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Stupid Investment Idea of the Year: Socially Irresponsible Mutual Fund

Hilarious. While "socially responsible" mutual funds have been enjoying good investment performance of late, and corporations are beginning to understand that social and environmental responsibility enhances long-term shareholder value, an intentionally socially irresponsible fund is in the dumpster of investment performance:

The May 2006 Institutional Investor reports:

Right-wing fund managers Steve Milloy and Tom Borelli are grabbing lots of attention for accusing companies of devoting resources to pet causes instead of maximizing profits. Last month they showed up at Goldman Sachs' annual meeting in New York to attack CEO Hank Paulson for, among other things, chairing the Nature Conservancy and authorizing Goldman's donation of land it owned in Chile to the Wildlife Conservation Society. But a look at the returns of the pair's grandly named Free Enterprise Action Fund suggests that their own bottom line could use some help. The $5.6 million fund gained just 2.32 percent from March 1, 2005, its first day in business, through the end of the year, net of expenses. That's well below the S&P 500's 4.72 percent gain during the same period -- and it doesn't hold a candle to the 18 percent appreciation of Goldman shares.

Sure enough, the partners hold their own venture to different standards. Their returns, they say, don't matter as much as their stated cause: counteracting the influence of so-called socially responsible investment firms, like Domini Social Investments and Calvert, on corporate behavior.

"We're not trying to be a high-performing mutual fund," Milloy, 47, tells Institutional Investor. "We are imitating the left. Left-wing social-political activists don't like capitalism. They hide behind human rights. We want to help oppose that."

The pair have plenty of experience standing up for corporate America's right to ignore do-gooders. In his spare time Milloy publishes JunkScience.com, a Web site devoted to debunking global warming as a "myth." He formerly ran the Free Enterprise Action Institute, which was funded in part by ExxonMobil. Borelli previously worked as a lobbyist for food and tobacco giant Altria Group. . . .

I'm sure these self-professed champions of capitalism will attract a lot of investors with a fund philosophy like "We're not trying to perform well." Yeah, great idea. The free market's gonna eat that right up.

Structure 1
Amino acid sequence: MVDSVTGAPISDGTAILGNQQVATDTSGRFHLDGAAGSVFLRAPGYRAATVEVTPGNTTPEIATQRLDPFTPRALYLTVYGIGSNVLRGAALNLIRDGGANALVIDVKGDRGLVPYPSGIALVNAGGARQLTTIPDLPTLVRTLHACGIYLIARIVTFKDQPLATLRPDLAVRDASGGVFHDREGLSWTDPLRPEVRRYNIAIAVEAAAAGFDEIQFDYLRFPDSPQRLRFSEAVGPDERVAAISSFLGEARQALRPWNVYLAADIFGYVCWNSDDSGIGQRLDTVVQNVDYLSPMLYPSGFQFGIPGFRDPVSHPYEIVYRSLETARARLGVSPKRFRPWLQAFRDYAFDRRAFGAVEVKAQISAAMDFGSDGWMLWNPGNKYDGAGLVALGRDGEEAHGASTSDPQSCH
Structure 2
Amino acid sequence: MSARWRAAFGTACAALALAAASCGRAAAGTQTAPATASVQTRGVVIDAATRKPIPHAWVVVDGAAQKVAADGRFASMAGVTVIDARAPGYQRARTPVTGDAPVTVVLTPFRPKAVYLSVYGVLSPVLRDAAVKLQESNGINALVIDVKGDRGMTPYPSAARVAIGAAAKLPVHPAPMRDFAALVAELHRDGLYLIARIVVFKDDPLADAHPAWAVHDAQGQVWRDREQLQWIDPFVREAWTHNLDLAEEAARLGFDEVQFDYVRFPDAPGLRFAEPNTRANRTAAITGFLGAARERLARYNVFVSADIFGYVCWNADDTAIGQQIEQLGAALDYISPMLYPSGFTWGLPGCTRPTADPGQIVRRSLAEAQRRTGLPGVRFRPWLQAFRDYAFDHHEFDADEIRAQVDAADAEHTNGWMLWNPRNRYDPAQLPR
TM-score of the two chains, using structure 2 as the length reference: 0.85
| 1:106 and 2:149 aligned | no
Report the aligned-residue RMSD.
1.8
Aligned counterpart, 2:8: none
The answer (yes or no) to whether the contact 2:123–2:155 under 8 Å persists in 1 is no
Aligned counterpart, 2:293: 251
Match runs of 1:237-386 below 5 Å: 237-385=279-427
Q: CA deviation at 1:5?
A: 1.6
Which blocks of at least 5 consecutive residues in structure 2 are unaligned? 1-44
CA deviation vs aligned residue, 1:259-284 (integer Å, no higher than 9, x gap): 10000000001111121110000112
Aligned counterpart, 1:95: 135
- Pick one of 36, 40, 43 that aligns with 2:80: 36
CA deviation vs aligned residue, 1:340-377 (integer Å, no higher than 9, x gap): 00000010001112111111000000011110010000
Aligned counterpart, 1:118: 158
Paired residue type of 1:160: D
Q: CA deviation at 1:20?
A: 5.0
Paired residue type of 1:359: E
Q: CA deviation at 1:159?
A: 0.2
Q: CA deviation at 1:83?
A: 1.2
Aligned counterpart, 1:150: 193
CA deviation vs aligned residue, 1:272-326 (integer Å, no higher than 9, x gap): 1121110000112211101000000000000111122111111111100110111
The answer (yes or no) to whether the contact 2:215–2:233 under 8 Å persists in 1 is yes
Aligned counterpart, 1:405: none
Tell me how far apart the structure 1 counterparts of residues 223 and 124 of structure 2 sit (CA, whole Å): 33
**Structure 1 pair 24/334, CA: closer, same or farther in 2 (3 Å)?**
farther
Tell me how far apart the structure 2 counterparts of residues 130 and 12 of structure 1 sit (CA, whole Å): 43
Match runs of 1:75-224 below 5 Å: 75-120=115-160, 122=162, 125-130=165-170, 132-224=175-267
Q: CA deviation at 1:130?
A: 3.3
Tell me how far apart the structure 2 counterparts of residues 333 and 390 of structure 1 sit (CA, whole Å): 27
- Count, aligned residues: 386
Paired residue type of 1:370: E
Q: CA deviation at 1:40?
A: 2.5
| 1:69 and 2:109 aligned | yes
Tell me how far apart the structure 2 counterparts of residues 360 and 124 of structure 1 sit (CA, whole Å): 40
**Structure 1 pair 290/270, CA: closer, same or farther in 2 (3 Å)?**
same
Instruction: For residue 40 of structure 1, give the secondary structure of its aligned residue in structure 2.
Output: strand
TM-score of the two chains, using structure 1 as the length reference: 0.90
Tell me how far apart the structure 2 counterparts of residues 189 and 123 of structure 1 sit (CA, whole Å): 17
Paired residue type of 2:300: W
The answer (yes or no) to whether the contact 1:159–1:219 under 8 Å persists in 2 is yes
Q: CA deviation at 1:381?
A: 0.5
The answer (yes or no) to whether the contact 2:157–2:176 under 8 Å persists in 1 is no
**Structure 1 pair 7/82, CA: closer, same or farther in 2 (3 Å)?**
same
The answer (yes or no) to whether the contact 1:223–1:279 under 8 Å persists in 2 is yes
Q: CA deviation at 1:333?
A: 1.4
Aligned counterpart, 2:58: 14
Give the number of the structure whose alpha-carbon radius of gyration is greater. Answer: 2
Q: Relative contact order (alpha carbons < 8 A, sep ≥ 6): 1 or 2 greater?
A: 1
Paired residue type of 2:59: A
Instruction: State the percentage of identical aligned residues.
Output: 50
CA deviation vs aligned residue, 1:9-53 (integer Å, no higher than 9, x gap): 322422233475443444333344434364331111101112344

Li'l Update: Atrios helpfully links to some more eyebrow-raising content on this, um, investment vehicle from Tim Lambert (scroll way way down on this last link).

Comments

Another fine example of the delusional traits of the right-wing mindset. One hopes that evolution would take care of this sort of nonsense.

They hide behind human rights. We want to help oppose that.

Do they ever think about the things they say or just spout whatever pops into their tiny minds?

This left-leaning entrepreneur likes capitalism just fine. It's the stupid capitalists that are worthy of scorn.

But these two dolts and their investors serve some purpose. If some of us are going to beat the market, there have to be some looooooooosers.

One would hope that, but unfortunately the fools appear to be breeding faster than we are, thus leading to an actual devolution in the species....

Does "breach of fiduciary duty" mean anything any more? If these people are fund managers, they have a fiduciary duty to investors, unless they advise in their prospectus that they do not intend to act responsibly.

Someone please explain to me how a deliberately under-performing investment fund is supposed to give a shot in the arm to unbridled capitalism?

When my son's 8th grade class did their finance unit the teacher put them in groups to (theoretically) invest in various companies. The winning group got to go to lunch at a fancy downtown restaurant.

Two boys chose to invest in three things: tobacco, alcohol and guns. Guess who got the free lunch?

So, yeah, socially concious investing is a choice one makes deliberately. I work with my broker to avoid companies or funds that make me uncomfortable.

I've always loved this story tho, because she was a bad teacher, and she made no secret of the fact that she disliked these boys - it was a touch of justice that she had to buy them lunch.

hey, don't leave me hanging, who got the free lunch?
i have a math trophy at home, but
i have never ever balanced my check book. it makes my head hurt to think about.

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